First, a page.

4. -Cattle Diet to Reduce Methane Emissions (Science Daily)
      "Beef farmers can breathe easier thanks to University of Alberta researchers who have developed a formula to reduce methane gas in cattle."

      "By developing equations that balance starch, sugar, cellulose, ash, fat and other elements of feed, a Canada-wide team of scientists has given beef producers the tools to lessen the methane gas their cattle produce by as much as 25 per cent." 05-11

  5. -Dietary Solutions to Methane from Cattle (Time.com)
      "Most dietary interventions work by checking methogens — microbes that thrive in oxygen-free environments such as cows' guts, where they convert the available hydrogen and carbon (byproducts of digestion) into methane, a colorless, odorless gas. 'We encourage well-to-do farmers to use oilseed cakes which provide unsaturated fatty acids that get rid of the hydrogen,' Dr. Singhal says. Another solution is herbal additives. Some commonly used Indian herbs such as shikakai and reetha, which go into making soap, and many kinds of oilseeds contain saponins and tannins, substances that make for lathery, bitter meals but block hydrogen availability for methogens. Dr Singhal says they are used in small quantities and the cows don't seem to mind the taste. 'Imagine how much potential they'd have in the international market,' he says." 04-09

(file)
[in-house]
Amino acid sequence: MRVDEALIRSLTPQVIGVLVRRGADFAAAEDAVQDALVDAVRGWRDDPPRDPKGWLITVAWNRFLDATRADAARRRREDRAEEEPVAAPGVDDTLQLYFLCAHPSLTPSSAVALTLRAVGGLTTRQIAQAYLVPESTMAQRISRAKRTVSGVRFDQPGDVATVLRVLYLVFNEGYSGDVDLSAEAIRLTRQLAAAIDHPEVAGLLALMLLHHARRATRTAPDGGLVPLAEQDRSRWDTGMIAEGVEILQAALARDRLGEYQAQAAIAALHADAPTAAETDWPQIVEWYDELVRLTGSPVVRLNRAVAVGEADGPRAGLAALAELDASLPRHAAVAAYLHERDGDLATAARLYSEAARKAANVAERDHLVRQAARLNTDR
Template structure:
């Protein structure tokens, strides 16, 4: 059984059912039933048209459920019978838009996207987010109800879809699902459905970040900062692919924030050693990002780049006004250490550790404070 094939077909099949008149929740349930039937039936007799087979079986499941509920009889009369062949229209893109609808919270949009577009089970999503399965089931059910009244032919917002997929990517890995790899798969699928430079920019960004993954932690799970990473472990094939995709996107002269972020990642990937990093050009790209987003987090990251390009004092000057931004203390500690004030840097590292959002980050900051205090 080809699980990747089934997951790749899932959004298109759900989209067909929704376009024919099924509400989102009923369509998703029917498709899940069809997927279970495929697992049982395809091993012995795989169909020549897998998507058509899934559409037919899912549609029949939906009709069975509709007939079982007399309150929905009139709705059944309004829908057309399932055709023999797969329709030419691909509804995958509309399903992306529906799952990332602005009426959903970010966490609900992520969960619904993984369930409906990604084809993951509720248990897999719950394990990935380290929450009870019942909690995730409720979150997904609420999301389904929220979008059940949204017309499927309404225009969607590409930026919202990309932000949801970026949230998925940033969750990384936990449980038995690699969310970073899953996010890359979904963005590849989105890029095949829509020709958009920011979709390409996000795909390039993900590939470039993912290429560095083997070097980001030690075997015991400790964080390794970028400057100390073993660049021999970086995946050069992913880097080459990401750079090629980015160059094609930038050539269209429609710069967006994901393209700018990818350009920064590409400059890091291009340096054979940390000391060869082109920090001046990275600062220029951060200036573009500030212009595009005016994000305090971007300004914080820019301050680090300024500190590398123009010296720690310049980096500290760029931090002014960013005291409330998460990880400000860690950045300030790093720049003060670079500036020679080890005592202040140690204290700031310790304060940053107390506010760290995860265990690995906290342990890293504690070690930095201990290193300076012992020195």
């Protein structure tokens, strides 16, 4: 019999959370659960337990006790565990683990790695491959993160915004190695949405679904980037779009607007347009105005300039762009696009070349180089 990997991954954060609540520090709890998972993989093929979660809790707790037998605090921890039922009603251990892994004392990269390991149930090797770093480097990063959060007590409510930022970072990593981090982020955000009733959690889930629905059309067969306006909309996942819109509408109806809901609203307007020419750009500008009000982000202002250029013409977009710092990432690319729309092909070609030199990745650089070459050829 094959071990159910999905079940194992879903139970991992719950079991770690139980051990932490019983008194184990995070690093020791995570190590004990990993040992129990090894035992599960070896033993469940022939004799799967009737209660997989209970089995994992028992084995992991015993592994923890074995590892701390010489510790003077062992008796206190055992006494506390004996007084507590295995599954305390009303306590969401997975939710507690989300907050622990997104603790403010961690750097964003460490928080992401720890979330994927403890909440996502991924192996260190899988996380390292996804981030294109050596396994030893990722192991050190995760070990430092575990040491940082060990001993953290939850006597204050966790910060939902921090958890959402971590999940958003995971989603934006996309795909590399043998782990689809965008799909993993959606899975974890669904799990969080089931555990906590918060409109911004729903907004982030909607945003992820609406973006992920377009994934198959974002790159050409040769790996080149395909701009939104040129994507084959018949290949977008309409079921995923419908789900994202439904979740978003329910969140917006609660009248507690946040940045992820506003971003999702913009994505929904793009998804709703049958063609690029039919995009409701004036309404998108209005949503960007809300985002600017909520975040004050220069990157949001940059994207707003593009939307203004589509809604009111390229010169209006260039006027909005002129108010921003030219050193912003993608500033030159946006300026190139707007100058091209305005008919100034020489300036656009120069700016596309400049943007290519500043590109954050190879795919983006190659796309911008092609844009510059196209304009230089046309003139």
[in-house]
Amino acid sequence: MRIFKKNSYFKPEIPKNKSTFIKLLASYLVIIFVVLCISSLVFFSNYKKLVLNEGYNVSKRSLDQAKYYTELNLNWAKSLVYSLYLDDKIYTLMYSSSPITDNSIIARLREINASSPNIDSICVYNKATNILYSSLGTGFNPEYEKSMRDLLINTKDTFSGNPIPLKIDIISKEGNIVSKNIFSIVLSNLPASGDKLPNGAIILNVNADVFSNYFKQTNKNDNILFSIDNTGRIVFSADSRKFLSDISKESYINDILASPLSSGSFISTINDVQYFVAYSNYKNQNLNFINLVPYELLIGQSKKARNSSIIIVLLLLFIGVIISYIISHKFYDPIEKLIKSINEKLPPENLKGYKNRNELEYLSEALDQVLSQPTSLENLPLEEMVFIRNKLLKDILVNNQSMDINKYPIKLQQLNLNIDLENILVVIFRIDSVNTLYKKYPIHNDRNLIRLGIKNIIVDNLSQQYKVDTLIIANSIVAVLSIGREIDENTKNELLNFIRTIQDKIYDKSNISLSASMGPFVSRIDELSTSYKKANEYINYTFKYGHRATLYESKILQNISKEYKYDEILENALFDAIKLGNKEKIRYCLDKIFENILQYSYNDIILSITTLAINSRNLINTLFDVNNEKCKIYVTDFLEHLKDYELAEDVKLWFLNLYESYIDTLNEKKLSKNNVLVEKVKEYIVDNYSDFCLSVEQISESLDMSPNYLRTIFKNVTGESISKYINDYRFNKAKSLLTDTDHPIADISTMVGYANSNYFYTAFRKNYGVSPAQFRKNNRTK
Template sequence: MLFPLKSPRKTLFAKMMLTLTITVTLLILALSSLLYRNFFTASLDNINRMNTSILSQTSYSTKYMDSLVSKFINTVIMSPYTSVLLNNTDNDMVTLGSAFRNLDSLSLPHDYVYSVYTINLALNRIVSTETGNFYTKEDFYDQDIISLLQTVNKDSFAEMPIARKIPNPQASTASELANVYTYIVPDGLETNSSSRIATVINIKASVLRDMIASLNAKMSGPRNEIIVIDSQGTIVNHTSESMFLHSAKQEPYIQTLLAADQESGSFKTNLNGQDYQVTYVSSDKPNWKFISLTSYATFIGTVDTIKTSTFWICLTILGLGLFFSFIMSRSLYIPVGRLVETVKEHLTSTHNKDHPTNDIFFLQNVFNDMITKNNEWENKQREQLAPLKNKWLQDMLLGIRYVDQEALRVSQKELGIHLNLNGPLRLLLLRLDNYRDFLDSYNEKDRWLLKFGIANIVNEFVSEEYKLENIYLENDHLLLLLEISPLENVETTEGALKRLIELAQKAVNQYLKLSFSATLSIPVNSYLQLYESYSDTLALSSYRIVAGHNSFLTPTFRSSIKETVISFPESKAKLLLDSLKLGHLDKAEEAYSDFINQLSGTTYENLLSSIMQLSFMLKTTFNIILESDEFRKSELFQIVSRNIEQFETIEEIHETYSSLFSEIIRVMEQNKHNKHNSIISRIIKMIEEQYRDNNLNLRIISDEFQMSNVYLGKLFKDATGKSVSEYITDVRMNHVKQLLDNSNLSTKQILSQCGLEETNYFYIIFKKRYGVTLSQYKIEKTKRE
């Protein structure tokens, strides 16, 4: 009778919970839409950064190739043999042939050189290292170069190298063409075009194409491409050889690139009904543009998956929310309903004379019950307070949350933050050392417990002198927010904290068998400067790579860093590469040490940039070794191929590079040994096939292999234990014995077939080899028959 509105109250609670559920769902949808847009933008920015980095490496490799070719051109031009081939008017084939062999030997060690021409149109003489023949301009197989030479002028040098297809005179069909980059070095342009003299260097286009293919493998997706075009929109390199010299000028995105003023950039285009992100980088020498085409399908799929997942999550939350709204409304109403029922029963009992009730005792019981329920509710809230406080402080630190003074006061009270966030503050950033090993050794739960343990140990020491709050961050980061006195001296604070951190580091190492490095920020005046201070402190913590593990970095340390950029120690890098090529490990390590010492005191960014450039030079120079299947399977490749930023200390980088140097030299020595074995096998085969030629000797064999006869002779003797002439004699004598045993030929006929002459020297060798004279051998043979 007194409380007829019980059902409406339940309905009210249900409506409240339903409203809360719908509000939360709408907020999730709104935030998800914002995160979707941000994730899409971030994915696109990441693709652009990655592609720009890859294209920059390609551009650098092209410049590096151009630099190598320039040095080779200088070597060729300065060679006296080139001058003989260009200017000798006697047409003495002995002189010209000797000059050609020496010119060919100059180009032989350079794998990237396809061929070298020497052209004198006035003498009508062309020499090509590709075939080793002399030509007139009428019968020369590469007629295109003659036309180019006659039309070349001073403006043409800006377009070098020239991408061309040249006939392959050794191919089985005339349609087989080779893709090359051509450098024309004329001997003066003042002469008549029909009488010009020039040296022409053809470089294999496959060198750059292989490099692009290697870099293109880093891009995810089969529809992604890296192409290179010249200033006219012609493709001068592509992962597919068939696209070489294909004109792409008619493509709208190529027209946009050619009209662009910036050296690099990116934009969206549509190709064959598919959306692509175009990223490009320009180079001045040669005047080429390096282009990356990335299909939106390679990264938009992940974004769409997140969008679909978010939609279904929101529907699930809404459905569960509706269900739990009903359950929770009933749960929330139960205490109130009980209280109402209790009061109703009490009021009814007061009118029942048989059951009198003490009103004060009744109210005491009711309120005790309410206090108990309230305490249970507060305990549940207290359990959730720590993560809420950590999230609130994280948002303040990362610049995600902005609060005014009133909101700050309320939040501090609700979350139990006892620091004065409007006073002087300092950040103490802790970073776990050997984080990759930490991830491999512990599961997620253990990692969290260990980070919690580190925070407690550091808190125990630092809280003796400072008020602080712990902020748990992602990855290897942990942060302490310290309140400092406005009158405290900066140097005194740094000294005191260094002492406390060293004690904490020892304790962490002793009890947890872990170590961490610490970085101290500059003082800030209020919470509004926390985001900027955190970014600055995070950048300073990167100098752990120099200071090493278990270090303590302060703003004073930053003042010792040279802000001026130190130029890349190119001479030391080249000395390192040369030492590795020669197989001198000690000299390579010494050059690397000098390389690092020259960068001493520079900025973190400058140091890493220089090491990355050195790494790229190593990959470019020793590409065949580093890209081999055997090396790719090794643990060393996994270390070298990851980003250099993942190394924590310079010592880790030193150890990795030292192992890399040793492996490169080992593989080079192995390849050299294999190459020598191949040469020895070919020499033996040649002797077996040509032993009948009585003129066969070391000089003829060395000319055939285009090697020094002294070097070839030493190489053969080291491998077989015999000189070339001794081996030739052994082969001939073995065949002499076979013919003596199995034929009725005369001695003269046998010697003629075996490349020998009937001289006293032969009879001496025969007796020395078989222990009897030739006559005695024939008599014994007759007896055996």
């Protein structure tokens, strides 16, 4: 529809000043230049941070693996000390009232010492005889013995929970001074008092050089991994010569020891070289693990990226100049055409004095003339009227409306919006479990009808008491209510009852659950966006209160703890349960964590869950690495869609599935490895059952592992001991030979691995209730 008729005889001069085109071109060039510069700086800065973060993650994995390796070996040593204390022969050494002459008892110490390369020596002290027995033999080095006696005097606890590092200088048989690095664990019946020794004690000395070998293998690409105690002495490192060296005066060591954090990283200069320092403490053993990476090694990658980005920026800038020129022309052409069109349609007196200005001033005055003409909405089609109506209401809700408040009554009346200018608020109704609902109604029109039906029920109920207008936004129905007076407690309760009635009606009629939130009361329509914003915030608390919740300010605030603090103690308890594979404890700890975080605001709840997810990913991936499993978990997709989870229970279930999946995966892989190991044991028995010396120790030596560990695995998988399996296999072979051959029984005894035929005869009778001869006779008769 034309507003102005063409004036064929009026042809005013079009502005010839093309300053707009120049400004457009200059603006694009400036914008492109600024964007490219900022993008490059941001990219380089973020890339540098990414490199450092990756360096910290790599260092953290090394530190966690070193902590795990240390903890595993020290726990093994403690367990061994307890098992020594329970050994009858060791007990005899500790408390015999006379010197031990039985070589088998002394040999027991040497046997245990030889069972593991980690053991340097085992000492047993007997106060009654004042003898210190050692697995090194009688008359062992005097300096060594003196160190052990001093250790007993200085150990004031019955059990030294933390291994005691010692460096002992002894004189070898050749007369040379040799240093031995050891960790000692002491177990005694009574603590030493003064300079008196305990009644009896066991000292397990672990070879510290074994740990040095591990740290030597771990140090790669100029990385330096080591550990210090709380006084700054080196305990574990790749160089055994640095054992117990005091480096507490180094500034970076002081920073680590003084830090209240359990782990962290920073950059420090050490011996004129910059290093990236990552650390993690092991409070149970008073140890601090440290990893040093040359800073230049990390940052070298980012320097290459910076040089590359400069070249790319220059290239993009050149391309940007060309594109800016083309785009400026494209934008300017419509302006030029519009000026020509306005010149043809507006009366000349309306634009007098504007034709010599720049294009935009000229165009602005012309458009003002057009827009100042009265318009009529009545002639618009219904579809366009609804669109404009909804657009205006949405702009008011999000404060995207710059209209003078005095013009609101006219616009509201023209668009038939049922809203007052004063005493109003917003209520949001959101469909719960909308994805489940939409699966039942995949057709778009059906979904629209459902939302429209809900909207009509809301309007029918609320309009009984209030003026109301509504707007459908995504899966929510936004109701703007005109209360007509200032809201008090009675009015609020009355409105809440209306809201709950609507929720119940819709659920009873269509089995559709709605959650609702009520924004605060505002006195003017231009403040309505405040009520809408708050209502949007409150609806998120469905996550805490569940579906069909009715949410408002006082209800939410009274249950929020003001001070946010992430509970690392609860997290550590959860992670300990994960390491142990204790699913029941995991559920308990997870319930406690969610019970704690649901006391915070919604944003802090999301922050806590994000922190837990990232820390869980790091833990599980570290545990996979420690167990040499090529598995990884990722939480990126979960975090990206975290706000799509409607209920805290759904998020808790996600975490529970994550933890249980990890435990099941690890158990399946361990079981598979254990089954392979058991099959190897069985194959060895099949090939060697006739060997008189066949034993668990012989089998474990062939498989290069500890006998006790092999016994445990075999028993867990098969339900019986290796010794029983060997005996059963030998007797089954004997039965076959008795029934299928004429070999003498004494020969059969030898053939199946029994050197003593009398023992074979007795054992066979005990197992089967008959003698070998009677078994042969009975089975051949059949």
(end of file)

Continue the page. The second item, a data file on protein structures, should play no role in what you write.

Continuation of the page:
6. -Editorial: Domesticated Animals Should Be a Top Priority on Climate Change (WorldWatch.org)
      "Whenever the causes of climate change are discussed, fossil fuels top the list.Oil, natural gas, and especially coal are indeed major sources of human-caused emissions of carbon dioxide (CO2) and other greenhouse gases (GHGs). But we believe that the life cycle and supply chain of domesticated animals raised for food have been vastly underestimated as a source of GHGs, and in fact account for at least half of all human-caused GHGs. If this argument is right, it implies that replacing livestock products with better alternatives would be the best strategy for reversing climate change. In fact, this approach would have far more rapid effects on GHG emissions and their atmospheric concentrations—and thus on the rate the climate is warming—than actions to replace fossil fuels with renewable energy."